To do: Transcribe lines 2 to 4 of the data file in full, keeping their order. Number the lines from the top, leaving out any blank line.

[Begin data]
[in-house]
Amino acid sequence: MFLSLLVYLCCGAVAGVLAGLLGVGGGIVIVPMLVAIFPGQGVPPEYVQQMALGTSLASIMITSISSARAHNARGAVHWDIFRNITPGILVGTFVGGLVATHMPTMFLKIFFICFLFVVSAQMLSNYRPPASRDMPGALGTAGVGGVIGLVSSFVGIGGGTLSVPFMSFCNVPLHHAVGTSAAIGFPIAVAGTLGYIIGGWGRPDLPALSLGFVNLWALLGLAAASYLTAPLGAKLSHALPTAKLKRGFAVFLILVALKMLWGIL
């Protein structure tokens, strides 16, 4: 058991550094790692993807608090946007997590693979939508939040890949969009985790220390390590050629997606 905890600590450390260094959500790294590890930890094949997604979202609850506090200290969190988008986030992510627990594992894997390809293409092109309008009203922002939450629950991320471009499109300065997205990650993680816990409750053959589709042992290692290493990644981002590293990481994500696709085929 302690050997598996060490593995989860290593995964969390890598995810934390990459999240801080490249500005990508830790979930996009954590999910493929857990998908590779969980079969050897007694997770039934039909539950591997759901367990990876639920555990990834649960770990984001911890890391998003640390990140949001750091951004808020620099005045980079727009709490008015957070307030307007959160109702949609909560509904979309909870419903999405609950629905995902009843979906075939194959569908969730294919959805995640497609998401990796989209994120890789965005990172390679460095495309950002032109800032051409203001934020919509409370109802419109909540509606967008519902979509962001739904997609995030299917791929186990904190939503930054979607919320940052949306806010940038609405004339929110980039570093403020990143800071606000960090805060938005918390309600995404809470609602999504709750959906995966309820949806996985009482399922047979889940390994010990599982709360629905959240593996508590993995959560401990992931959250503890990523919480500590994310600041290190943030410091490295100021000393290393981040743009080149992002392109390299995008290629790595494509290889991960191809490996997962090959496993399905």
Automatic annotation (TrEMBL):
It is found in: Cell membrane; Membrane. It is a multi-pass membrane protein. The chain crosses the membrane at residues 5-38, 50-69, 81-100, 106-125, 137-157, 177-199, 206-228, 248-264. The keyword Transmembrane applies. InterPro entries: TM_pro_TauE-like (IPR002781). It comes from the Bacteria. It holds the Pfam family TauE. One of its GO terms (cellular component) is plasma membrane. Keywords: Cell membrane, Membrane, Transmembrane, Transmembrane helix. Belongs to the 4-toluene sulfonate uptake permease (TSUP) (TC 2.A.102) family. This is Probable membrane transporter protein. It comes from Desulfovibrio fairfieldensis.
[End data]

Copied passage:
Amino acid sequence: MFLSLLVYLCCGAVAGVLAGLLGVGGGIVIVPMLVAIFPGQGVPPEYVQQMALGTSLASIMITSISSARAHNARGAVHWDIFRNITPGILVGTFVGGLVATHMPTMFLKIFFICFLFVVSAQMLSNYRPPASRDMPGALGTAGVGGVIGLVSSFVGIGGGTLSVPFMSFCNVPLHHAVGTSAAIGFPIAVAGTLGYIIGGWGRPDLPALSLGFVNLWALLGLAAASYLTAPLGAKLSHALPTAKLKRGFAVFLILVALKMLWGIL
């Protein structure tokens, strides 16, 4: 058991550094790692993807608090946007997590693979939508939040890949969009985790220390390590050629997606 905890600590450390260094959500790294590890930890094949997604979202609850506090200290969190988008986030992510627990594992894997390809293409092109309008009203922002939450629950991320471009499109300065997205990650993680816990409750053959589709042992290692290493990644981002590293990481994500696709085929 302690050997598996060490593995989860290593995964969390890598995810934390990459999240801080490249500005990508830790979930996009954590999910493929857990998908590779969980079969050897007694997770039934039909539950591997759901367990990876639920555990990834649960770990984001911890890391998003640390990140949001750091951004808020620099005045980079727009709490008015957070307030307007959160109702949609909560509904979309909870419903999405609950629905995902009843979906075939194959569908969730294919959805995640497609998401990796989209994120890789965005990172390679460095495309950002032109800032051409203001934020919509409370109802419109909540509606967008519902979509962001739904997609995030299917791929186990904190939503930054979607919320940052949306806010940038609405004339929110980039570093403020990143800071606000960090805060938005918390309600995404809470609602999504709750959906995966309820949806996985009482399922047979889940390994010990599982709360629905959240593996508590993995959560401990992931959250503890990523919480500590994310600041290190943030410091490295100021000393290393981040743009080149992002392109390299995008290629790595494509290889991960191809490996997962090959496993399905």
Automatic annotation (TrEMBL):